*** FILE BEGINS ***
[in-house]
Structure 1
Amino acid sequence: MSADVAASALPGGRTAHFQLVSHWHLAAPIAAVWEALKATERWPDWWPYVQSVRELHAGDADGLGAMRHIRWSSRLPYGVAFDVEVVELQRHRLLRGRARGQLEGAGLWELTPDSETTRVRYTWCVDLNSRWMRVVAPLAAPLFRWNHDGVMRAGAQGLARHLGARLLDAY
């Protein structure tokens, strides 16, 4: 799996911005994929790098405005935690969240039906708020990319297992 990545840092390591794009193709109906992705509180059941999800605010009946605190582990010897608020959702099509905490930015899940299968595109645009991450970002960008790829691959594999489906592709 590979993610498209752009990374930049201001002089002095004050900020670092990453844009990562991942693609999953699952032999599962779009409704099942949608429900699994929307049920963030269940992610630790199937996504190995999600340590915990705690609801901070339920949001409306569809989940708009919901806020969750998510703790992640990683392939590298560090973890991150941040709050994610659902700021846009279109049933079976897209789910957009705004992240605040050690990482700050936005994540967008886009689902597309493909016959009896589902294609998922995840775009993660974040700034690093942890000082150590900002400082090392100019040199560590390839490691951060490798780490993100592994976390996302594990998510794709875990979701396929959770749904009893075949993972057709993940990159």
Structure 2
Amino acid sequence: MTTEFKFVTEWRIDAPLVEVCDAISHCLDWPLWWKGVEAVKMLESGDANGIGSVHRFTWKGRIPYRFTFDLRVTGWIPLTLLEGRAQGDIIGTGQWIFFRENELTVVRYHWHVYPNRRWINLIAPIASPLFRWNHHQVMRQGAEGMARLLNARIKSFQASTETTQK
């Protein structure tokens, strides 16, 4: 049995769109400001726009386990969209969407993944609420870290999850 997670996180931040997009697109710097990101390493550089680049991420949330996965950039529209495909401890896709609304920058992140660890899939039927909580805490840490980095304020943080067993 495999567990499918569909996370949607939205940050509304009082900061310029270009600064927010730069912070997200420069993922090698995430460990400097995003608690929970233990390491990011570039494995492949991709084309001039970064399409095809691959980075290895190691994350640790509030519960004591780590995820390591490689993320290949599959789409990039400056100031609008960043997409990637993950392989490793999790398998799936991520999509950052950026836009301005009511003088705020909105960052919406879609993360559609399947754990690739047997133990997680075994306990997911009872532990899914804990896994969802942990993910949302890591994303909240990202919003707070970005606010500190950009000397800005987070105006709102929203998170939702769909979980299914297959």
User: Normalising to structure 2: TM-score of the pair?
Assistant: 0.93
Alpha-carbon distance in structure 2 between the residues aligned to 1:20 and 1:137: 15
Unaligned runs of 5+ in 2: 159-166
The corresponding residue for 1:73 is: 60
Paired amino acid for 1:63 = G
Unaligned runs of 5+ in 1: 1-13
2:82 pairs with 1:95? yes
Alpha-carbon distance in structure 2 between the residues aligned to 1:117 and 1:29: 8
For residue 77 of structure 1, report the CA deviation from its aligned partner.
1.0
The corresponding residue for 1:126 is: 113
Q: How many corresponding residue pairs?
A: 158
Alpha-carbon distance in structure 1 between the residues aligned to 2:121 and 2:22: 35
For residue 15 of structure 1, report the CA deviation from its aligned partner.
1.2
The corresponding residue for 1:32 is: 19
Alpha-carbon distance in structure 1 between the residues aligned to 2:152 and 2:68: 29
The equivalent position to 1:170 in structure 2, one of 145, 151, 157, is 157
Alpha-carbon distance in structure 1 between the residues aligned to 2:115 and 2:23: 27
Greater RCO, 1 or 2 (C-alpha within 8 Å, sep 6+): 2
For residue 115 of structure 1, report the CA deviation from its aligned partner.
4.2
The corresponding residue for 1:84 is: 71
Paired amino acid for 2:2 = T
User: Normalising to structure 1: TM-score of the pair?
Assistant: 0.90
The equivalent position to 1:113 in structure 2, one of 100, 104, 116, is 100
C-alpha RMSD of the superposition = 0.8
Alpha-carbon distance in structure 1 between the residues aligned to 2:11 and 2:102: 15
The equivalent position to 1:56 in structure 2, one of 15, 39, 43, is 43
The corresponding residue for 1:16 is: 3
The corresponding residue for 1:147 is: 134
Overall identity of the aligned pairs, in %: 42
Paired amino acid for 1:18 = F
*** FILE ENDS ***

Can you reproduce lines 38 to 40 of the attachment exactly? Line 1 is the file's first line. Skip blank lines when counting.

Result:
Alpha-carbon distance in structure 1 between the residues aligned to 2:11 and 2:102: 15
The equivalent position to 1:56 in structure 2, one of 15, 39, 43, is 43
The corresponding residue for 1:16 is: 3